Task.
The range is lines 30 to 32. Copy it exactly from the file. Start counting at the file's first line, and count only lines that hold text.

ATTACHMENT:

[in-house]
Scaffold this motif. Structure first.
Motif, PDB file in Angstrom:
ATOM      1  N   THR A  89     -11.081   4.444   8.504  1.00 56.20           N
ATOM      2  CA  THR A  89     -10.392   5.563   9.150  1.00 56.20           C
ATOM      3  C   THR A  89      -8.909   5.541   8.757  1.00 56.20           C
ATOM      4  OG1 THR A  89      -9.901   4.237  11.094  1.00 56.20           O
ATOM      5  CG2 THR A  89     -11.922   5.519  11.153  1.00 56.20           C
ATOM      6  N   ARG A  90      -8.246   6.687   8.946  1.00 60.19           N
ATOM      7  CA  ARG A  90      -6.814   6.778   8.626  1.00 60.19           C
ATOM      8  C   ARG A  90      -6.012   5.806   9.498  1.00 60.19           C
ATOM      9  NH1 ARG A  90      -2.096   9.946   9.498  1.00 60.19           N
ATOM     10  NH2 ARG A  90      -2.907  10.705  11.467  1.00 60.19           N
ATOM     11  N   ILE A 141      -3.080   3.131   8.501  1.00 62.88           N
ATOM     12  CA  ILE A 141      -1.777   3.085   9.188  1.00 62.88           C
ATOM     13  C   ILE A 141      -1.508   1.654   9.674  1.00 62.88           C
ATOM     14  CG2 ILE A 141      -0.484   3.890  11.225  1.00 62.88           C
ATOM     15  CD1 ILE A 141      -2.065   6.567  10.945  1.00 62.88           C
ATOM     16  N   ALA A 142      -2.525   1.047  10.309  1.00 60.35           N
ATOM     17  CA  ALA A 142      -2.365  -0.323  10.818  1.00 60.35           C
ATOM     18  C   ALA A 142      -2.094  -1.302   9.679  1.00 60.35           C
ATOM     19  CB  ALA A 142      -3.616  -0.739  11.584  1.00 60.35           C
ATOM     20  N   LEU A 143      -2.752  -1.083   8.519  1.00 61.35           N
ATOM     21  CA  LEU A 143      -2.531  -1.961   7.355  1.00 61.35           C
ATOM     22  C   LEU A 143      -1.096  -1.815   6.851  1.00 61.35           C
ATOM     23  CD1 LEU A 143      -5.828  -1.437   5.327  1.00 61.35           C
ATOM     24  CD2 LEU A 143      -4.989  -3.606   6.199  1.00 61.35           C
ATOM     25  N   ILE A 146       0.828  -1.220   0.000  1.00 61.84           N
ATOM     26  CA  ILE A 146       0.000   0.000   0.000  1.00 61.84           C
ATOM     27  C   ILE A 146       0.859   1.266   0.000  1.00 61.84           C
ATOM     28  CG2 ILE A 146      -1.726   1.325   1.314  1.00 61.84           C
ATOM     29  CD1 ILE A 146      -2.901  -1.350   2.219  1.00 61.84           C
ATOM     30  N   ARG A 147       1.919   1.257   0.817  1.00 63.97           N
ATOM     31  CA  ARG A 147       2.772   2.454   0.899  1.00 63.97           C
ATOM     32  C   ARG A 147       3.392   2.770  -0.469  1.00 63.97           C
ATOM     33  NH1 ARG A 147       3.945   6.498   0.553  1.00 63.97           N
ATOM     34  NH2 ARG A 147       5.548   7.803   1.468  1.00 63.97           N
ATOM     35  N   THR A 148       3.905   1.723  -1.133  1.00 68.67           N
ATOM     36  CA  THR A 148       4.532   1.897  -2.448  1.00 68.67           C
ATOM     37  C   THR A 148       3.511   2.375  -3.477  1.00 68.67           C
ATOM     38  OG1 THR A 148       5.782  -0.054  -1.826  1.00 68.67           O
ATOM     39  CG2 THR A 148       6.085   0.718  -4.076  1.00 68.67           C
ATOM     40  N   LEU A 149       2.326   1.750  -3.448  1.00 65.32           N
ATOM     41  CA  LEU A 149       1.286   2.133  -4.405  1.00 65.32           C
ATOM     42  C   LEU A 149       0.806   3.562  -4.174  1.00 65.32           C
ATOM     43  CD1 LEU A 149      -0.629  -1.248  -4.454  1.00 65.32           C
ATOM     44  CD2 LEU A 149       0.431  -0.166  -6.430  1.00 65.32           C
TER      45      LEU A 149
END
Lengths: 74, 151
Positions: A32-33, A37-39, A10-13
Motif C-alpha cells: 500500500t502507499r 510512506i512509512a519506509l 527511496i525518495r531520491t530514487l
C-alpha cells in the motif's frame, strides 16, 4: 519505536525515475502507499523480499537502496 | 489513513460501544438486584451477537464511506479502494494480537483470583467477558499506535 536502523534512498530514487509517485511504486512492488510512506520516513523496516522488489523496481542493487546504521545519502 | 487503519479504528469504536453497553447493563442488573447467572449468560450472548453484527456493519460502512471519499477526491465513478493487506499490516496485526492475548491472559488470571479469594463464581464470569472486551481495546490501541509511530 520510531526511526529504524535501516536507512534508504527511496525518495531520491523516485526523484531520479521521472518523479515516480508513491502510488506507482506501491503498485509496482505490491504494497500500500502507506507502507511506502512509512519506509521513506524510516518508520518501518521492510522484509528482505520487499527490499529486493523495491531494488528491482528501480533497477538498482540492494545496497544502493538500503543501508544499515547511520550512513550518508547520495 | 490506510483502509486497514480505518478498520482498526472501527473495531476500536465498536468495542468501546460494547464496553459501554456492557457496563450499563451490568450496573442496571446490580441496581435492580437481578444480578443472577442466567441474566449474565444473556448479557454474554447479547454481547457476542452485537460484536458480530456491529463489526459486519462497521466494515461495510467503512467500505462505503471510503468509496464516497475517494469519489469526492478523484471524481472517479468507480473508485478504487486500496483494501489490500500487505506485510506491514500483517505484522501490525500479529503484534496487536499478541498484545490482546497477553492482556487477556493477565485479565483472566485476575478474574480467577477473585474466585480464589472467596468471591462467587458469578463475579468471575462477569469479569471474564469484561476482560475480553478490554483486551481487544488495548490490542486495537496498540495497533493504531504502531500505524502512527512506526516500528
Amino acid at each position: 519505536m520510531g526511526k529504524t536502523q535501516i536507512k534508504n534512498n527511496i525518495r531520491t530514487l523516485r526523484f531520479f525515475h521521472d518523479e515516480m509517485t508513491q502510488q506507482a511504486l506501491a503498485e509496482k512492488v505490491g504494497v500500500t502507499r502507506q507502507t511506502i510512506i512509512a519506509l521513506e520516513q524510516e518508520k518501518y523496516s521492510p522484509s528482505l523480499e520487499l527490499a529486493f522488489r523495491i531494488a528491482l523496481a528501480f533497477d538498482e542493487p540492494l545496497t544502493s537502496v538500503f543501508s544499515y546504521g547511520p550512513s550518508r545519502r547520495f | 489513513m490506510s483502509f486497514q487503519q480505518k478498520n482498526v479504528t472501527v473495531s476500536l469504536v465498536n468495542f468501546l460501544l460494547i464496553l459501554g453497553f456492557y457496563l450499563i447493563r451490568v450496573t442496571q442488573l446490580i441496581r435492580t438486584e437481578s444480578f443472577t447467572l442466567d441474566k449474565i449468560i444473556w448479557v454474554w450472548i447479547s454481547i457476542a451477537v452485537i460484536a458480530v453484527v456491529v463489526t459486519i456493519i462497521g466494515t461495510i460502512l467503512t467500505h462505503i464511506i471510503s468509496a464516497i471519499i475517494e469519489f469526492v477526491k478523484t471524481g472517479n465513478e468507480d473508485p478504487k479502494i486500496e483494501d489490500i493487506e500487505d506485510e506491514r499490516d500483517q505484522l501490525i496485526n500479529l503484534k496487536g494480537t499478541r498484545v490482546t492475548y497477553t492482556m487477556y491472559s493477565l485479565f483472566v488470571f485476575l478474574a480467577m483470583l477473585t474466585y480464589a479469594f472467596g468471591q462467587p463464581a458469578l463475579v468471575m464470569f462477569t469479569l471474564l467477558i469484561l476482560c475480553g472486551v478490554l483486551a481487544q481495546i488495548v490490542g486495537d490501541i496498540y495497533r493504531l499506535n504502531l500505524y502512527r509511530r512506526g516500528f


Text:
ATOM     27  C   ILE A 146       0.859   1.266   0.000  1.00 61.84           C
ATOM     28  CG2 ILE A 146      -1.726   1.325   1.314  1.00 61.84           C
ATOM     29  CD1 ILE A 146      -2.901  -1.350   2.219  1.00 61.84           C